As any parent knows, it’s impossible not to worry about your children no matter if they’re babies, toddlers, school-age, or even adults. It’s only natural to worry about your children. But there is a difference between being reasonably worried about things like safety, and becoming too much of a “worried parent” who finds it impossible to relax because of all the potential problems, physical and social and emotional that you imagine for your children. Thankfully, you don’t have to be a perpetually worried parent. It takes patience and effort, but there are ways you can reduce how much you unreasonably worry about your children.
Remember that you can’t be in control of everything:
You might try, but you can’t control everything that happens in your child’s life. Sometimes, they don’t feel like eating the nutritious meal you spent an hour making (to say nothing of all the time you spent researching a proper diet for a toddler) and would rather nibble on a white bread and peanut butter sandwich. Sometimes they might fall off their bike and scrape their knee, even if you’ve taught them how to ride their bike and told them to watch out for bumps in the road.
Leave the “what if scenarios” in the trash:
This is an all too common trap that parents fall into, especially for their first child. What if you leave them at grandmas and they get too close to grandmas cat and the cat scratches them? What if they go to school and they swing too high on the swing set and get hurt? What if they go to a slumber party and only eat popcorn and chips for dinner? There are endless “What if scenarios” that can make you feel worried and anxious, and if you want to be a less worried parent, you have to leave those “What if scenarios” where they belong: the trash.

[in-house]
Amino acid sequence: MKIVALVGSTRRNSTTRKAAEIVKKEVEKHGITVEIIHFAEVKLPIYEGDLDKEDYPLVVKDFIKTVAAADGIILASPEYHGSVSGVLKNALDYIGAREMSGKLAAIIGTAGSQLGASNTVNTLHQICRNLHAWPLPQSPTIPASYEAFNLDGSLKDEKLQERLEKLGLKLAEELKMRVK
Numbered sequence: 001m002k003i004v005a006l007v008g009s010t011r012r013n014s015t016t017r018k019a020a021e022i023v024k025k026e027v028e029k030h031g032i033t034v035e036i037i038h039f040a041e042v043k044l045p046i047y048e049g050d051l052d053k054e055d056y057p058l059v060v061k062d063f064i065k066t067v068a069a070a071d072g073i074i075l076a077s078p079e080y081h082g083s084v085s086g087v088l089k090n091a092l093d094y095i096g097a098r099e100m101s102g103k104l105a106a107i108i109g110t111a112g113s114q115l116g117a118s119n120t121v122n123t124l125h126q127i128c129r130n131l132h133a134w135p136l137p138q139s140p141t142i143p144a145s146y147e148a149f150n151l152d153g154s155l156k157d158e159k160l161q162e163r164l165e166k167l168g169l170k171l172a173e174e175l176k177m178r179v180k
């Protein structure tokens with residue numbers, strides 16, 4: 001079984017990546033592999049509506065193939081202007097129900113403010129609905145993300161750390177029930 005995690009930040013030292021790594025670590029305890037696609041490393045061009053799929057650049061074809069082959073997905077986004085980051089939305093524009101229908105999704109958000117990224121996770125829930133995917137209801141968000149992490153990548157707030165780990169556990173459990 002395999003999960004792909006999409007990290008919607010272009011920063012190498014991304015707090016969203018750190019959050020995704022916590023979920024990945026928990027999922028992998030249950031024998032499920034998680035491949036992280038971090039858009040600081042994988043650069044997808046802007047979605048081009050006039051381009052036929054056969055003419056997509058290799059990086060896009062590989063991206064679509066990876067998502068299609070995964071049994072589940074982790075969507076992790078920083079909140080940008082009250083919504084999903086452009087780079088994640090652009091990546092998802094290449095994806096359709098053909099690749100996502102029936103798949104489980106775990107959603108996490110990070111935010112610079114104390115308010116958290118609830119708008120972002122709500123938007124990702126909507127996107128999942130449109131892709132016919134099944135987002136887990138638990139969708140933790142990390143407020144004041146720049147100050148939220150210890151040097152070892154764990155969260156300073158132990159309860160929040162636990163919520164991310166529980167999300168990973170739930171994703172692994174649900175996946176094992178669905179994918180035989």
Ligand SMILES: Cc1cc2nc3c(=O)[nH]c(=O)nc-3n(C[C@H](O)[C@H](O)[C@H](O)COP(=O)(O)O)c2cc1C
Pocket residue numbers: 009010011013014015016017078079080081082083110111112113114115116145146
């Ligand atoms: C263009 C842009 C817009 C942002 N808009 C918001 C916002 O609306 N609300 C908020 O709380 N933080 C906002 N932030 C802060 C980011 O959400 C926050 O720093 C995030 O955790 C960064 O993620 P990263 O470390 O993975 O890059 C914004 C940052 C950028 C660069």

This isn’t to say you can’t be reasonably cautious—always take safety precautions like covering up electrical sockets, keeping sharp objects up high, use locked cabinets for any chemicals, and so on—but you need to avoid spending your time constantly worrying about “what if” scenarios.
Journal your worries:
Writing can be a powerful tool. If you find yourself worried about every little thing with your child, it may be time to start writing down those worries in a journal. Write down what you’re worried about and how that makes you feel. If you can, try to figure out what exactly is causing your worries. You may be able to come up with resolutions to those worries once you have taken the time to chart them out and explore them further.
Talk to someone:
It’s natural for parents to be worried. One of the best ways to reduce your worries is to talk to someone who knows what you’re going through, whether it’s your own parents or a friend with children, who will understand how you’re feeling. These people can give you the advice and support you need to worry less and enjoy your child’s life more.